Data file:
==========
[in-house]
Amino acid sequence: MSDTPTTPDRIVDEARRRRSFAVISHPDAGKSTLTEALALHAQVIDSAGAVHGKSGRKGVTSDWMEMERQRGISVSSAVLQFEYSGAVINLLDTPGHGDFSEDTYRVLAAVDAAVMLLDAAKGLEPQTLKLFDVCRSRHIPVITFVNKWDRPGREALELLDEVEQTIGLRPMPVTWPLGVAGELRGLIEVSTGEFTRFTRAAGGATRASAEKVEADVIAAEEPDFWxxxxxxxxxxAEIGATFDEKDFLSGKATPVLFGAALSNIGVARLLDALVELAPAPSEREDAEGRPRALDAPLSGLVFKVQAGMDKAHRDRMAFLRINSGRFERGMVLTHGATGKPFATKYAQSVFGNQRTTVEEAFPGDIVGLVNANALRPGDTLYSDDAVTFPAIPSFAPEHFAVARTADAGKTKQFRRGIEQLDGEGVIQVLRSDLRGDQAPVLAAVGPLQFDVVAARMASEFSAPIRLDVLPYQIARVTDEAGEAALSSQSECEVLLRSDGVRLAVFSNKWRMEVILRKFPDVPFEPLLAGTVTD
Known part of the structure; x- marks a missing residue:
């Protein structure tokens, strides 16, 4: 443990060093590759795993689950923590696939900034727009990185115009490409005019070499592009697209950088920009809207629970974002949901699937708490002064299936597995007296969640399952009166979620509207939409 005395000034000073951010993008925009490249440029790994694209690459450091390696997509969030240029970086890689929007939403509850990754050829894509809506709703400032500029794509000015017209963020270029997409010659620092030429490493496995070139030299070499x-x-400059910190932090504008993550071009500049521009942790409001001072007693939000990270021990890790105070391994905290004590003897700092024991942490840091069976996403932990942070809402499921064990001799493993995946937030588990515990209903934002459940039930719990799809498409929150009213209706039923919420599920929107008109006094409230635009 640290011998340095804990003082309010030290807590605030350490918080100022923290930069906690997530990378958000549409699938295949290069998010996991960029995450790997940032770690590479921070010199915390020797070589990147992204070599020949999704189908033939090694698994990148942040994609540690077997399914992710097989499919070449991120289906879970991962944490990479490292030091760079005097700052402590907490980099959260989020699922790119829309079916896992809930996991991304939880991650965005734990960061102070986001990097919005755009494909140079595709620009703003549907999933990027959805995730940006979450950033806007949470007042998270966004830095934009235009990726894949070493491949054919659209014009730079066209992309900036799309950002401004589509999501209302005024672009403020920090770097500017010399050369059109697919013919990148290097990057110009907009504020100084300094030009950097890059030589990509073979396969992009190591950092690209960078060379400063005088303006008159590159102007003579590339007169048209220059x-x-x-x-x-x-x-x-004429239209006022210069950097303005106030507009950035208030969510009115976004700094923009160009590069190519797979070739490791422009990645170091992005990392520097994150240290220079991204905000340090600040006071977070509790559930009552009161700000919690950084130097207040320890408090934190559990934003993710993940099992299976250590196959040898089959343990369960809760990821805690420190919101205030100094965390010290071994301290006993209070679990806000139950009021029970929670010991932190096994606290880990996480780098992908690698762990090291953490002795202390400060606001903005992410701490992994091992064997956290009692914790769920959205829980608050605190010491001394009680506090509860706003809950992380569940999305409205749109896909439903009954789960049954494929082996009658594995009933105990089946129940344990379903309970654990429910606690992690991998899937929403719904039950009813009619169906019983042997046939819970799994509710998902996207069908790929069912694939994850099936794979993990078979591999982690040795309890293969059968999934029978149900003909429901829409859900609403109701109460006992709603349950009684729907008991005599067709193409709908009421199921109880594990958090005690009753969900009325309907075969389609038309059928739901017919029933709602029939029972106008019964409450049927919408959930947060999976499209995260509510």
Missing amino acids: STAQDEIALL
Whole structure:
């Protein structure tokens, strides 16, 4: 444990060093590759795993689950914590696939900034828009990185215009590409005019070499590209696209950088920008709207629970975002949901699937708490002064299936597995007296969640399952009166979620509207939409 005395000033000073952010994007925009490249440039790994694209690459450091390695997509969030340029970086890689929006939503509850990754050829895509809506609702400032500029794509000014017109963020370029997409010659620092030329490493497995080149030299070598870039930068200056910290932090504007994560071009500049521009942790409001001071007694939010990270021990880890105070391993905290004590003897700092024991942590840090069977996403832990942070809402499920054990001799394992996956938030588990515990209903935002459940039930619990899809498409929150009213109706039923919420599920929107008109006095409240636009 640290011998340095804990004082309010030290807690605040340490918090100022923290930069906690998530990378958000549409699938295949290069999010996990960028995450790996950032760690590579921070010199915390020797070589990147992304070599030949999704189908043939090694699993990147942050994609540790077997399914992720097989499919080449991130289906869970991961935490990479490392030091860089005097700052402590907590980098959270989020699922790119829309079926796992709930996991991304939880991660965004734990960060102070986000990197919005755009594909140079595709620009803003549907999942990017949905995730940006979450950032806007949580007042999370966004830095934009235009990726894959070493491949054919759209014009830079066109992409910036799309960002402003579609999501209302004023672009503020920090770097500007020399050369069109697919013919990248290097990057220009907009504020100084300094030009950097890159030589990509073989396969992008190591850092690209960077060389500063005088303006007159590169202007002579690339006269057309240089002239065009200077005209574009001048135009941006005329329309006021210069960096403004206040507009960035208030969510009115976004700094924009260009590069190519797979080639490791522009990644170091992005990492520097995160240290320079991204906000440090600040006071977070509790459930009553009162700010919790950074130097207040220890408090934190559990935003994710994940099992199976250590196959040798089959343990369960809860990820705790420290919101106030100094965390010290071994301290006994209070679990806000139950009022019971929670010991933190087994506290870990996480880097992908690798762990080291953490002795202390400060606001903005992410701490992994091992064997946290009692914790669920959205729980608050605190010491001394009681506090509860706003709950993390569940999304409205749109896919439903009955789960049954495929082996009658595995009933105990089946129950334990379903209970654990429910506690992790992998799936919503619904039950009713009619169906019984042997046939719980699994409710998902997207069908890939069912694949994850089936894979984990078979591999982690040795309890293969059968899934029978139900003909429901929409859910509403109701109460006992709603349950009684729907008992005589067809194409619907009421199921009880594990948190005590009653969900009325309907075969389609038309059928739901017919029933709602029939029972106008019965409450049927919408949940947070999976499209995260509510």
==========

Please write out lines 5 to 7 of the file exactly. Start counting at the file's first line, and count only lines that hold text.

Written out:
Missing amino acids: STAQDEIALL
Whole structure:
């Protein structure tokens, strides 16, 4: 444990060093590759795993689950914590696939900034828009990185215009590409005019070499590209696209950088920008709207629970975002949901699937708490002064299936597995007296969640399952009166979620509207939409 005395000033000073952010994007925009490249440039790994694209690459450091390695997509969030340029970086890689929006939503509850990754050829895509809506609702400032500029794509000014017109963020370029997409010659620092030329490493497995080149030299070598870039930068200056910290932090504007994560071009500049521009942790409001001071007694939010990270021990880890105070391993905290004590003897700092024991942590840090069977996403832990942070809402499920054990001799394992996956938030588990515990209903935002459940039930619990899809498409929150009213109706039923919420599920929107008109006095409240636009 640290011998340095804990004082309010030290807690605040340490918090100022923290930069906690998530990378958000549409699938295949290069999010996990960028995450790996950032760690590579921070010199915390020797070589990147992304070599030949999704189908043939090694699993990147942050994609540790077997399914992720097989499919080449991130289906869970991961935490990479490392030091860089005097700052402590907590980098959270989020699922790119829309079926796992709930996991991304939880991660965004734990960060102070986000990197919005755009594909140079595709620009803003549907999942990017949905995730940006979450950032806007949580007042999370966004830095934009235009990726894959070493491949054919759209014009830079066109992409910036799309960002402003579609999501209302004023672009503020920090770097500007020399050369069109697919013919990248290097990057220009907009504020100084300094030009950097890159030589990509073989396969992008190591850092690209960077060389500063005088303006007159590169202007002579690339006269057309240089002239065009200077005209574009001048135009941006005329329309006021210069960096403004206040507009960035208030969510009115976004700094924009260009590069190519797979080639490791522009990644170091992005990492520097995160240290320079991204906000440090600040006071977070509790459930009553009162700010919790950074130097207040220890408090934190559990935003994710994940099992199976250590196959040798089959343990369960809860990820705790420290919101106030100094965390010290071994301290006994209070679990806000139950009022019971929670010991933190087994506290870990996480880097992908690798762990080291953490002795202390400060606001903005992410701490992994091992064997946290009692914790669920959205729980608050605190010491001394009681506090509860706003709950993390569940999304409205749109896919439903009955789960049954495929082996009658595995009933105990089946129950334990379903209970654990429910506690992790992998799936919503619904039950009713009619169906019984042997046939719980699994409710998902997207069908890939069912694949994850089936894979984990078979591999982690040795309890293969059968899934029978139900003909429901929409859910509403109701109460006992709603349950009684729907008992005589067809194409619907009421199921009880594990948190005590009653969900009325309907075969389609038309059928739901017919029933709602029939029972106008019965409450049927919408949940947070999976499209995260509510």